You know an example is some people always want to contract out aircraft maintenance. There are some aircraft maintenance contracts out there, but that is something that the Air Force does and does very, very well. And we need that function for warfighting. So that’s not a good idea to always, to contract something like that out.

When you have something that we are traditionally doing with industry, then we need to change the way that we approach it. And so, I came into Global Household Goods in the middle of it, you know, in the middle of while we were evaluating offerors who want to go perform this contract. And when I picked up what’s called a performance work statement, which establishes all of the duties that we want the contractor to do, I expected to see a service contract—because this is a service, and service contracts are usually pretty detailed.

You know, like maybe cleaning a building. There’s 50 rooms in a building. We need the trash taken out. We need the floors mopped. We tell the contractor exactly what we want them to do. When I picked up this, I thought we were literally procuring what looked to be a weapon system. We had open-ended duties under there, but very specific standards. We need the contractor to do this general service. Here are your standards that we’re going to hold you to, but you’re going to tell us how you’re going to do it. That’s not usually what we do in a service contract, as I said before, you know.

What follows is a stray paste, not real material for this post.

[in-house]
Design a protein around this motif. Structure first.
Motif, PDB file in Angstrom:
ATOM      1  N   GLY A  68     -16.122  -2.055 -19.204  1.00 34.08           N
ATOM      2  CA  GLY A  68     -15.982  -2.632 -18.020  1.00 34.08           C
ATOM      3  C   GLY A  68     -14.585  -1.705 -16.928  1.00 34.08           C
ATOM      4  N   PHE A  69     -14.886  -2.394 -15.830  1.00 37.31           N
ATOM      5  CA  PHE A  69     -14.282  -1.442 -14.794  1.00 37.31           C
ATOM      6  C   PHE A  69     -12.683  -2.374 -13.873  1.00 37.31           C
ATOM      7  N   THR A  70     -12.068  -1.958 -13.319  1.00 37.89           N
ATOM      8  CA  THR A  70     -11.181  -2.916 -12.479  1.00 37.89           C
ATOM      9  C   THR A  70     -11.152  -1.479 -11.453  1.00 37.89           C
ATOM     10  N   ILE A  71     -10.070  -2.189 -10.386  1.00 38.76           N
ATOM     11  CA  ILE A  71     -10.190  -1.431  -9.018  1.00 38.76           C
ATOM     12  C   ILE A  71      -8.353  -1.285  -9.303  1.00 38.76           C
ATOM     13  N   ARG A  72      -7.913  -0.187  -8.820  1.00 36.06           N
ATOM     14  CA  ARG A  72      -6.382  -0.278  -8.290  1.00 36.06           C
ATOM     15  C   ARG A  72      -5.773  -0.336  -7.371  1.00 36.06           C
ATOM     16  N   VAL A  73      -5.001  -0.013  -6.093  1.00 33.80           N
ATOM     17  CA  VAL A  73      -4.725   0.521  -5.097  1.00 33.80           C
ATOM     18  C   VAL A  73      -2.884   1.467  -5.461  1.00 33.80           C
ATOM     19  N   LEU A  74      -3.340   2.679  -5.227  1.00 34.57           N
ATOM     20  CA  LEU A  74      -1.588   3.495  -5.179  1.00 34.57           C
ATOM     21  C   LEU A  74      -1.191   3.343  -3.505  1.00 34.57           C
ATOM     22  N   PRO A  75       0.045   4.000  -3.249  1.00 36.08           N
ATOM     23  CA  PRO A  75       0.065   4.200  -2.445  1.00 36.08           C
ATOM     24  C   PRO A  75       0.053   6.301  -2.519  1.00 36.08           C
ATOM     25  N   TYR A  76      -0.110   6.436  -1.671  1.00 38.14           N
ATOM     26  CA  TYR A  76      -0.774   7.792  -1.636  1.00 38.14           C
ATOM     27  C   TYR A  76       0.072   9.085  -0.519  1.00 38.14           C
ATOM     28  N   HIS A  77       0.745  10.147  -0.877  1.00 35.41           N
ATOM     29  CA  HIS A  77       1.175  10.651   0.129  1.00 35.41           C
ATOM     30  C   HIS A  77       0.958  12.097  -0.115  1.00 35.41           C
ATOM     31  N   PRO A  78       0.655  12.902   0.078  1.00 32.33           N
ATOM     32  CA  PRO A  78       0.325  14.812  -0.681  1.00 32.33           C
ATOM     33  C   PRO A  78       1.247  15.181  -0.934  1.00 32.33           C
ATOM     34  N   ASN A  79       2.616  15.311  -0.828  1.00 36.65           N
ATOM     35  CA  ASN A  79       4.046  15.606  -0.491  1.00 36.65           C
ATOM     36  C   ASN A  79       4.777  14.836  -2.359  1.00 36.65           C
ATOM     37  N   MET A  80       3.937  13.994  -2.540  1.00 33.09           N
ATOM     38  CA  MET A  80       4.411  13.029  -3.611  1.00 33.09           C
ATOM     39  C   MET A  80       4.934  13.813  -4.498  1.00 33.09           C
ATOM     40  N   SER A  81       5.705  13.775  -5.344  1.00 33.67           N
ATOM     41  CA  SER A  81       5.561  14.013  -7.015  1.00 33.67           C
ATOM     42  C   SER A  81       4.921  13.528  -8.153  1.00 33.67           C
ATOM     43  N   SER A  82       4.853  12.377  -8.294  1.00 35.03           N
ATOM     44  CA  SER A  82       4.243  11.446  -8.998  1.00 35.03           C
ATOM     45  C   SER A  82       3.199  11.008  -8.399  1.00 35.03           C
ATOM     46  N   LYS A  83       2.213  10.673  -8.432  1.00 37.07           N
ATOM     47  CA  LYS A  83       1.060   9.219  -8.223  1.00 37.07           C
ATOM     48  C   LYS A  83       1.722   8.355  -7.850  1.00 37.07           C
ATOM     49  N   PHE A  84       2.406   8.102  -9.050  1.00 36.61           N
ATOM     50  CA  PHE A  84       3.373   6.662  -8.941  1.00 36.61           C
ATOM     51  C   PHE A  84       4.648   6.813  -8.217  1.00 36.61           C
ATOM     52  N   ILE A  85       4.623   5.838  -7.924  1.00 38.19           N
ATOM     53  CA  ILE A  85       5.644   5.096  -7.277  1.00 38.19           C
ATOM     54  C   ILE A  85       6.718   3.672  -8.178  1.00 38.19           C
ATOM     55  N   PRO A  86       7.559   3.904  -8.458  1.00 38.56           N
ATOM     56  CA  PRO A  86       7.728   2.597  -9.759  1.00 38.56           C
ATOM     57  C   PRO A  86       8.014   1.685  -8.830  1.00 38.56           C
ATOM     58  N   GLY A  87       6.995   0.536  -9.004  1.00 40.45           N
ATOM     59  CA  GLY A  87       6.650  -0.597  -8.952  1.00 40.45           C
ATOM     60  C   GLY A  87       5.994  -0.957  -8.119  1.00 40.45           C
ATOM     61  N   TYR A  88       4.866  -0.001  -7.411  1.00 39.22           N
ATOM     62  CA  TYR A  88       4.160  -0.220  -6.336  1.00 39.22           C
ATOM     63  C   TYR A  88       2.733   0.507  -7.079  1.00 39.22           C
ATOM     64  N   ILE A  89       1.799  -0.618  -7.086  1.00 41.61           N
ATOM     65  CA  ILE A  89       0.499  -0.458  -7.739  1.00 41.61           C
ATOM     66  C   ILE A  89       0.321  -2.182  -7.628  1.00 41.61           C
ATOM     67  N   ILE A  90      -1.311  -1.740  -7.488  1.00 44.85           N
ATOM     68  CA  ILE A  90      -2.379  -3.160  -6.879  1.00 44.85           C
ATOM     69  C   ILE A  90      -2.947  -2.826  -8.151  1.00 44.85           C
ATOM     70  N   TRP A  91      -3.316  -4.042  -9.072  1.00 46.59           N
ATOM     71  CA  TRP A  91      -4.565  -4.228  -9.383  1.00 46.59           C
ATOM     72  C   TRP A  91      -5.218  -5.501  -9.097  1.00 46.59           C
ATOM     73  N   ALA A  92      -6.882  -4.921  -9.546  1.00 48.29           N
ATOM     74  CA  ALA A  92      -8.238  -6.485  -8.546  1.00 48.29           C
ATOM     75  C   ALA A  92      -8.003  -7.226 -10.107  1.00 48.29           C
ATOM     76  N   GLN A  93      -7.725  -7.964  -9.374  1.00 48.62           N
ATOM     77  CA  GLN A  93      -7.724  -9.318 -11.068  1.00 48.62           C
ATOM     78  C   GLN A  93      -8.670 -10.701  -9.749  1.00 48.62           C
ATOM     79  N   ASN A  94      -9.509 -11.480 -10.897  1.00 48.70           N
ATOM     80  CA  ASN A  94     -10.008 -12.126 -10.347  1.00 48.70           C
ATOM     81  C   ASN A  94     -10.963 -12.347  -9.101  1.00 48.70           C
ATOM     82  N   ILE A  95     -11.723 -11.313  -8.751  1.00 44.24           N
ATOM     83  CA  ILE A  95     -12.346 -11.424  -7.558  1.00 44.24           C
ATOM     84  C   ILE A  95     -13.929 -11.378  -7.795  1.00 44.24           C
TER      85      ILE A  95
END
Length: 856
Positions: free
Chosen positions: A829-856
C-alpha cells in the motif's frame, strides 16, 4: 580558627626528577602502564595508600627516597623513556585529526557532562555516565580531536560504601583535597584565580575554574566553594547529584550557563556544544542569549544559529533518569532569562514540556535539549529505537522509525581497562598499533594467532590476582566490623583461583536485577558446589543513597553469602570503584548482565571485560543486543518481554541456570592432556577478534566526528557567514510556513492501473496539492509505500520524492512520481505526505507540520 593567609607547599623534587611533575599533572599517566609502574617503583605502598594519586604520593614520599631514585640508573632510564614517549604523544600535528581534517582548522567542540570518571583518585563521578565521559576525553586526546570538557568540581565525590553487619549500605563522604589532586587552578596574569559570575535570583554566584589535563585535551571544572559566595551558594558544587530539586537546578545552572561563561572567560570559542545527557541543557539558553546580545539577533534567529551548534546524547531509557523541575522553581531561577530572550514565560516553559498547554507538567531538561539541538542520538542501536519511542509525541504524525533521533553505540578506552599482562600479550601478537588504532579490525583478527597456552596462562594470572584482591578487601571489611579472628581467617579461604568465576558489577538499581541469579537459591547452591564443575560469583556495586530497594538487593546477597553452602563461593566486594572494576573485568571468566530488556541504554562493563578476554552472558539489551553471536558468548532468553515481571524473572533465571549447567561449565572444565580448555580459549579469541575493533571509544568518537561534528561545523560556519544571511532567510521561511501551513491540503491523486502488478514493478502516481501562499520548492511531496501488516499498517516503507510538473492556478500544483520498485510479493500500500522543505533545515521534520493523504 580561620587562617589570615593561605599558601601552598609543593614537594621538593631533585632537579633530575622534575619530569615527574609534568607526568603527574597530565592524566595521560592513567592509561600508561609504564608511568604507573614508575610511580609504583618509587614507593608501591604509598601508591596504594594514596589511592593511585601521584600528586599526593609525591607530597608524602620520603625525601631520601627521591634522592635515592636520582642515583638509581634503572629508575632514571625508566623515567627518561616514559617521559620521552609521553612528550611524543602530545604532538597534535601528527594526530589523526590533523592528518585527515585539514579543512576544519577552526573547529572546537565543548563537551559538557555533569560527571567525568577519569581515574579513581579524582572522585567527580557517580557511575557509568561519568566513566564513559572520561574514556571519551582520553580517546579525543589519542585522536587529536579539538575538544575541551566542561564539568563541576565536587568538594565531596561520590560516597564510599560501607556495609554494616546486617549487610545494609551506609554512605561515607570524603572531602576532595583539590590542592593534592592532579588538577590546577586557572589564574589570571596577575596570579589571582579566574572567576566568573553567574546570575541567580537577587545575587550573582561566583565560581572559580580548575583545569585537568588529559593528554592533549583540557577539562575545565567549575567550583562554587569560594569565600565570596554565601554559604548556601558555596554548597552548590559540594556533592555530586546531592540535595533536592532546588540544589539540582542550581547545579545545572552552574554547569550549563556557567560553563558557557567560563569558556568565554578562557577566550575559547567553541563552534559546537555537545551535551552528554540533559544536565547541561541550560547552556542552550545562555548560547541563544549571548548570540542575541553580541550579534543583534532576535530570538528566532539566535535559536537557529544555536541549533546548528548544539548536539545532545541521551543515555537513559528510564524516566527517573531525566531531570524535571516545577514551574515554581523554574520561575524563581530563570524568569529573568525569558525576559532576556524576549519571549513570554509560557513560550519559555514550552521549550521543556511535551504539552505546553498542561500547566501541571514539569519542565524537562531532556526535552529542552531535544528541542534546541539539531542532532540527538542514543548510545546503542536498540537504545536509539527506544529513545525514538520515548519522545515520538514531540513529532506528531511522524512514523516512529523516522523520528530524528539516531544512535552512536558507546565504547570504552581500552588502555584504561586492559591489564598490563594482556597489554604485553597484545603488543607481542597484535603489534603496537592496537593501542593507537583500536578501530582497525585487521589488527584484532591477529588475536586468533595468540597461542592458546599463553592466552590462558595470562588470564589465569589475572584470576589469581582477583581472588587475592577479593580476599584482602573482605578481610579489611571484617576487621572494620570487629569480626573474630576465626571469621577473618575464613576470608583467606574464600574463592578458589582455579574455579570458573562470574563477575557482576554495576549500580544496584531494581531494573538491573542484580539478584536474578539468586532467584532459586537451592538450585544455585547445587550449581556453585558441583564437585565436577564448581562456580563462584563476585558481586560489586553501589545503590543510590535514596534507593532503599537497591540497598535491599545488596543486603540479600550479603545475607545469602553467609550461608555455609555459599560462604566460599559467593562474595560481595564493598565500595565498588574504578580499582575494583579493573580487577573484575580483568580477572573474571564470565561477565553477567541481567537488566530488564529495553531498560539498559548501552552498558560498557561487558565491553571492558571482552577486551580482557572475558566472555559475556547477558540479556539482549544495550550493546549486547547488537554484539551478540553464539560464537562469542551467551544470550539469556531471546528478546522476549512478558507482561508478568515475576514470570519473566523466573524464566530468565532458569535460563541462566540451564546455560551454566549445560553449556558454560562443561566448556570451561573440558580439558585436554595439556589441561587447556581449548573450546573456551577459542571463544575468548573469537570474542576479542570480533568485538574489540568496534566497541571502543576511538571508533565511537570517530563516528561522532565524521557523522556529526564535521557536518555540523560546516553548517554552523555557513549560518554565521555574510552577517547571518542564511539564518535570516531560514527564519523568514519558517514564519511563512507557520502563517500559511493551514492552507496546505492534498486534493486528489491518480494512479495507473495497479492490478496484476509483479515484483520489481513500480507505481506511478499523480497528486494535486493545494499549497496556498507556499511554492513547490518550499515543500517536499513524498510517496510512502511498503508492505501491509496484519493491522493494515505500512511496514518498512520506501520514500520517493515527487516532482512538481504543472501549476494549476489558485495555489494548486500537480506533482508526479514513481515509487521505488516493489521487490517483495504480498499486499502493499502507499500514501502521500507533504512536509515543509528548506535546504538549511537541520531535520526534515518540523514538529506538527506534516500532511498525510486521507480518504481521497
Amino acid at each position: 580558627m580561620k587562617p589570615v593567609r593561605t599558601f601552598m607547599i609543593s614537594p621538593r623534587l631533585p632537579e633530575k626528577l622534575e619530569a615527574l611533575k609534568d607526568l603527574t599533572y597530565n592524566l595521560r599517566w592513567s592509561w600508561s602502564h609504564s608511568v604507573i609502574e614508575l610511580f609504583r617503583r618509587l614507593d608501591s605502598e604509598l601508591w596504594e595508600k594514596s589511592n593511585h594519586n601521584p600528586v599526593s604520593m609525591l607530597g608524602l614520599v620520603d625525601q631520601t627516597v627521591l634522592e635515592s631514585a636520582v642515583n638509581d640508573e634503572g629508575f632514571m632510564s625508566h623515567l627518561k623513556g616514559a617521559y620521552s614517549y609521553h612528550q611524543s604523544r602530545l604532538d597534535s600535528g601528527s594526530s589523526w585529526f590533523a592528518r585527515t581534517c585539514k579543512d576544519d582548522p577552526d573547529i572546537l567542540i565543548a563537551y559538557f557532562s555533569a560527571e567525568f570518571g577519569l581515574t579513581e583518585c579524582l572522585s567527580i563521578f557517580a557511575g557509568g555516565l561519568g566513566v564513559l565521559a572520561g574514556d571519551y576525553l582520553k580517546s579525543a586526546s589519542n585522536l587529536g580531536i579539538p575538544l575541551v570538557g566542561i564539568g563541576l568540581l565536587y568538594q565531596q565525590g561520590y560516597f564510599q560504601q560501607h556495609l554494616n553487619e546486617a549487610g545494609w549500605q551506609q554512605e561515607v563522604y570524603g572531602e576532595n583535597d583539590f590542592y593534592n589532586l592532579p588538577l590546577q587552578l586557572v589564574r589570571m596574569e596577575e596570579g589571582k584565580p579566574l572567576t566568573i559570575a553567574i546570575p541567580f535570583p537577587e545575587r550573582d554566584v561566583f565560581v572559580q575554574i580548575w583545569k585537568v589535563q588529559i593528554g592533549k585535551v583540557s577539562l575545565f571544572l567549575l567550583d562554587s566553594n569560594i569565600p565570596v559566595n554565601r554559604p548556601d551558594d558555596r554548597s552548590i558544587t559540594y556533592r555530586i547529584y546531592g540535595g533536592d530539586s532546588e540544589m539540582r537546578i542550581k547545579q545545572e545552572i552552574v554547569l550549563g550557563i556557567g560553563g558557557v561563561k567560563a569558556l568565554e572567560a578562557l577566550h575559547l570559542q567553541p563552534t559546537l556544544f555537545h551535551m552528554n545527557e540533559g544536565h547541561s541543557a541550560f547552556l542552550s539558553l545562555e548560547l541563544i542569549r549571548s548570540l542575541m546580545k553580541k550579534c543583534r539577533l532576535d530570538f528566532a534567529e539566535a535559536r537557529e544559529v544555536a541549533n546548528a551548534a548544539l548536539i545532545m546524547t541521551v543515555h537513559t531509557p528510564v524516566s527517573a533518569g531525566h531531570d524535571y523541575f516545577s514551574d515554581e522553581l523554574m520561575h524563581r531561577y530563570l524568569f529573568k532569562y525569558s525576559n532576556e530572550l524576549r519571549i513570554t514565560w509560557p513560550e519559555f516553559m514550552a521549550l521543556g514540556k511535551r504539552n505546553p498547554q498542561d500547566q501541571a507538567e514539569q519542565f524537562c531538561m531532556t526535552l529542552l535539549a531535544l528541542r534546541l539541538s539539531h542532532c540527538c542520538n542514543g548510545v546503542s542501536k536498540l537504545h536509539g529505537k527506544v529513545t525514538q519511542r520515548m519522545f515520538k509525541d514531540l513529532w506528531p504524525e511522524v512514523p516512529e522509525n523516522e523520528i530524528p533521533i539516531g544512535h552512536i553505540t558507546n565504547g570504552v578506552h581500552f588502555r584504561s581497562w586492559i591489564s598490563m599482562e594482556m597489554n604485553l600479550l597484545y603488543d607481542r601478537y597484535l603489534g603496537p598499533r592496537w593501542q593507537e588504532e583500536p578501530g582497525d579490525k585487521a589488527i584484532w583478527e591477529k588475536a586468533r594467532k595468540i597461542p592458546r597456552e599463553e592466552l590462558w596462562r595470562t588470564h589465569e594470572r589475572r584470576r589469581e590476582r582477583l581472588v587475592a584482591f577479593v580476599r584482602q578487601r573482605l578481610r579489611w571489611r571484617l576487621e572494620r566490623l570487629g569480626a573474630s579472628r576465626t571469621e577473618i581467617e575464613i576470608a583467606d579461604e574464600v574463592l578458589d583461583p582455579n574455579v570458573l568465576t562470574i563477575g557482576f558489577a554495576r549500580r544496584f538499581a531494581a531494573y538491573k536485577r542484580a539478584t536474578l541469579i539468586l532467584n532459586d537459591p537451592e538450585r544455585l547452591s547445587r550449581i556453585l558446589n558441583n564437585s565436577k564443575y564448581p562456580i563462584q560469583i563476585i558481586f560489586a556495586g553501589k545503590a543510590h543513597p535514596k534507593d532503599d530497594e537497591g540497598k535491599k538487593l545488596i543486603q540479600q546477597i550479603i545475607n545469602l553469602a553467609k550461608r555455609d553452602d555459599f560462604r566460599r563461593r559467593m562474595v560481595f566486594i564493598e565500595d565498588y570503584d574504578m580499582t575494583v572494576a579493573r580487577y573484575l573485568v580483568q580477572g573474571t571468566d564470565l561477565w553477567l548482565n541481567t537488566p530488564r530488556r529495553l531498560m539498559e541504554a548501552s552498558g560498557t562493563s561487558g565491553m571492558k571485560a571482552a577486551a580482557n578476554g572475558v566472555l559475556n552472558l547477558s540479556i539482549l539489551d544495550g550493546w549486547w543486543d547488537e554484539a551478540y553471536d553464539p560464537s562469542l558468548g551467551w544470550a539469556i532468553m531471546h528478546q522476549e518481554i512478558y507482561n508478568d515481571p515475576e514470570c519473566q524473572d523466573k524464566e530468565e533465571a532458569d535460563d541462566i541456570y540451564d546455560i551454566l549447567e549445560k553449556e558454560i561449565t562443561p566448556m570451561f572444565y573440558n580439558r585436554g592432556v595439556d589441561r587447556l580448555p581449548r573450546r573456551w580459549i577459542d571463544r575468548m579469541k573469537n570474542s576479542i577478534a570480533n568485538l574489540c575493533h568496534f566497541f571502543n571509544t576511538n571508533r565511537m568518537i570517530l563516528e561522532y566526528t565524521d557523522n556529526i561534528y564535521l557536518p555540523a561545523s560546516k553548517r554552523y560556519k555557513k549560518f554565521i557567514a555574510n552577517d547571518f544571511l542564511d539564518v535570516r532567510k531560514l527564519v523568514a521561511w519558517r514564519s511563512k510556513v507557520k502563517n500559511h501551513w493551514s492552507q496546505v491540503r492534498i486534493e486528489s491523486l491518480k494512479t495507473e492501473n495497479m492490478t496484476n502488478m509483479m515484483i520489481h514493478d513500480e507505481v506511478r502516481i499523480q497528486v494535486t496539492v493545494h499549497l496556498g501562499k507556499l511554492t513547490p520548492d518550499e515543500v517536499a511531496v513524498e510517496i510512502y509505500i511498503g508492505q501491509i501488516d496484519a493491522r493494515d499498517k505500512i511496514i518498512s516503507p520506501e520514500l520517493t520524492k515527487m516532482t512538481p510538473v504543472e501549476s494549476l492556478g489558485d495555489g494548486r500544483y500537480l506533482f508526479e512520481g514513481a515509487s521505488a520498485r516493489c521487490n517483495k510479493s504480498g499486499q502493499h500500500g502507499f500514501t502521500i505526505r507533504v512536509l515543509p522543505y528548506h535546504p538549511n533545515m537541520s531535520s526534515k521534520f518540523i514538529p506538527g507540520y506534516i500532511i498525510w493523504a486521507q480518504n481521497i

So for example, you know, from the performance work statement [PWS], we have some standards on how we want the offeror to interact with the customer. We don’t want them to go through three or four layers of people to go get an answer to a question. 

So our standard is you’re going to have a single point of contact. You’re going to establish contact with the customer within one day of receiving a task order from us. And we have a scheduling timeline that we’re going to hold you to. Now go out and tell us how you’re going to do it.